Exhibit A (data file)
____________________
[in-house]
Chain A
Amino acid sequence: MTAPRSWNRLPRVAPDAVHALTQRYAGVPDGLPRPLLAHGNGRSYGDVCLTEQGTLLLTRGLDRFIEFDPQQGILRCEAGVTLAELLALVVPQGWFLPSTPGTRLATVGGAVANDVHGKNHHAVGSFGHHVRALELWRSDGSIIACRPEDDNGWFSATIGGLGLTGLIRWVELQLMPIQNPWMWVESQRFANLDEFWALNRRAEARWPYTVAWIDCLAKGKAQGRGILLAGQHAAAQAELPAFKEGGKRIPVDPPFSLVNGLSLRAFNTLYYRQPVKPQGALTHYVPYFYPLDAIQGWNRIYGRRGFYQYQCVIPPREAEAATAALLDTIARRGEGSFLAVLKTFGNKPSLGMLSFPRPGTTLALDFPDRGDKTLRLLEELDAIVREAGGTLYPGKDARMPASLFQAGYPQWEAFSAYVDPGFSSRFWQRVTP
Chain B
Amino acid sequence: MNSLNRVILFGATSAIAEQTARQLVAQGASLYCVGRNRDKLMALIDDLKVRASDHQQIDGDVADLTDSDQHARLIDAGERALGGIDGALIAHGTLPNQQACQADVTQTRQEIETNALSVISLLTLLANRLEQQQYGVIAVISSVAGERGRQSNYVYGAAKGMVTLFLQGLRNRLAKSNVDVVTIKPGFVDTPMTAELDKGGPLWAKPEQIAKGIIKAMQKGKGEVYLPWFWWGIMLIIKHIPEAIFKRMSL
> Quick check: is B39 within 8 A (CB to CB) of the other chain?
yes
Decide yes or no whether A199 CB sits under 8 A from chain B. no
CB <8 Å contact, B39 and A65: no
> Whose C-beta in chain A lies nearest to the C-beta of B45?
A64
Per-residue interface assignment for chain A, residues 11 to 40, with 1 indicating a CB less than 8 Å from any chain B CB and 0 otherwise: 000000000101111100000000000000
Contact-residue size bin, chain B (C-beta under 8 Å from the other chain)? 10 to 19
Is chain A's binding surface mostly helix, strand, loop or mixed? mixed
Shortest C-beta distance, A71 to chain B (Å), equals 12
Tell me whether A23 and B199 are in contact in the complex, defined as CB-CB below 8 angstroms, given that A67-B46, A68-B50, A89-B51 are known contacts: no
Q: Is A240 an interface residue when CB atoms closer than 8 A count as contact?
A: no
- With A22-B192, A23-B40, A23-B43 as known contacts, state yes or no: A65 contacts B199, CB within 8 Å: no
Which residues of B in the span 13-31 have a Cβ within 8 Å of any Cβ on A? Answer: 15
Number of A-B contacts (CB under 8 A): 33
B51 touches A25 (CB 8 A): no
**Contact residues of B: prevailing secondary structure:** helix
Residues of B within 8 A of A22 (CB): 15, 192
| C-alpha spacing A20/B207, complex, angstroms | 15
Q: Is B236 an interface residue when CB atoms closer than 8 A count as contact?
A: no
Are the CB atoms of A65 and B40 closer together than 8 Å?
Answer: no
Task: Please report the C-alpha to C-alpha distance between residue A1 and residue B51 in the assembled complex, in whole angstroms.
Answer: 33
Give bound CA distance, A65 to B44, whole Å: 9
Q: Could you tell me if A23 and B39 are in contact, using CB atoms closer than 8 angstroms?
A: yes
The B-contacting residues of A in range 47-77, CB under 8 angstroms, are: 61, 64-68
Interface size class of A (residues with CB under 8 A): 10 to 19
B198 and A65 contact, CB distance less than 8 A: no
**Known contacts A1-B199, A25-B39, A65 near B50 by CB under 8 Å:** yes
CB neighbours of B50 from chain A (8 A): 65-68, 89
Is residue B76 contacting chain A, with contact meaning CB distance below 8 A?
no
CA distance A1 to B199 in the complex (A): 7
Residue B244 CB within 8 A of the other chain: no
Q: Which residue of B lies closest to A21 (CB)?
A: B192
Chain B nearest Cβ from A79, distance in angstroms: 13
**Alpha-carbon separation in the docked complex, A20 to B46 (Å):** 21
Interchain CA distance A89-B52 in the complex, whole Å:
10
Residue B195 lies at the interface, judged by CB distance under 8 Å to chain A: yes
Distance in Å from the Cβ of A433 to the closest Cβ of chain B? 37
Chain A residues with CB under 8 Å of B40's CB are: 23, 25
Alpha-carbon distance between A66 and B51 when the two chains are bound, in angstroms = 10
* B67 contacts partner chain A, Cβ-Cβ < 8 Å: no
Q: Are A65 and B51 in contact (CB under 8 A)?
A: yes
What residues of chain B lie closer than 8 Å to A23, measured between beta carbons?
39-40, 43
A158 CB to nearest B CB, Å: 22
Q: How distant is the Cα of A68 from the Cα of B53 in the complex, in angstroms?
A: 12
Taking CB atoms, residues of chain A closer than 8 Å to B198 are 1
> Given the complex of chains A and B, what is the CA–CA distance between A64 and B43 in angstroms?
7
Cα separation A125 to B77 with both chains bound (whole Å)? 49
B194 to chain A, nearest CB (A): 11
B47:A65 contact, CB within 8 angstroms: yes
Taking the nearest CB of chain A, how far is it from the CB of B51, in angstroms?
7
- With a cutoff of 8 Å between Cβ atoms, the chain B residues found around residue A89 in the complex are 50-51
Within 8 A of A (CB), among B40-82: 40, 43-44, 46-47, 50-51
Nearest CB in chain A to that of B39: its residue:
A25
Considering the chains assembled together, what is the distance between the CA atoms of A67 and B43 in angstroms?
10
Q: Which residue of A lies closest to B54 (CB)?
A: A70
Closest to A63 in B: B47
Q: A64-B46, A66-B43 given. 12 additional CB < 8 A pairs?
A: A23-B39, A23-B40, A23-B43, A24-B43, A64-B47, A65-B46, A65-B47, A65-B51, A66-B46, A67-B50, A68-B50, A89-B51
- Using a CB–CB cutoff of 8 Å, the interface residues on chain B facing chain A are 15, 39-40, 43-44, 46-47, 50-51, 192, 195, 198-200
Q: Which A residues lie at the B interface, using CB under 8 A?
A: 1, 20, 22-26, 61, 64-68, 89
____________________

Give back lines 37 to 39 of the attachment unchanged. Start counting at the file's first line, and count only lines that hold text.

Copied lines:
B198 and A65 contact, CB distance less than 8 A: no
**Known contacts A1-B199, A25-B39, A65 near B50 by CB under 8 Å:** yes
CB neighbours of B50 from chain A (8 A): 65-68, 89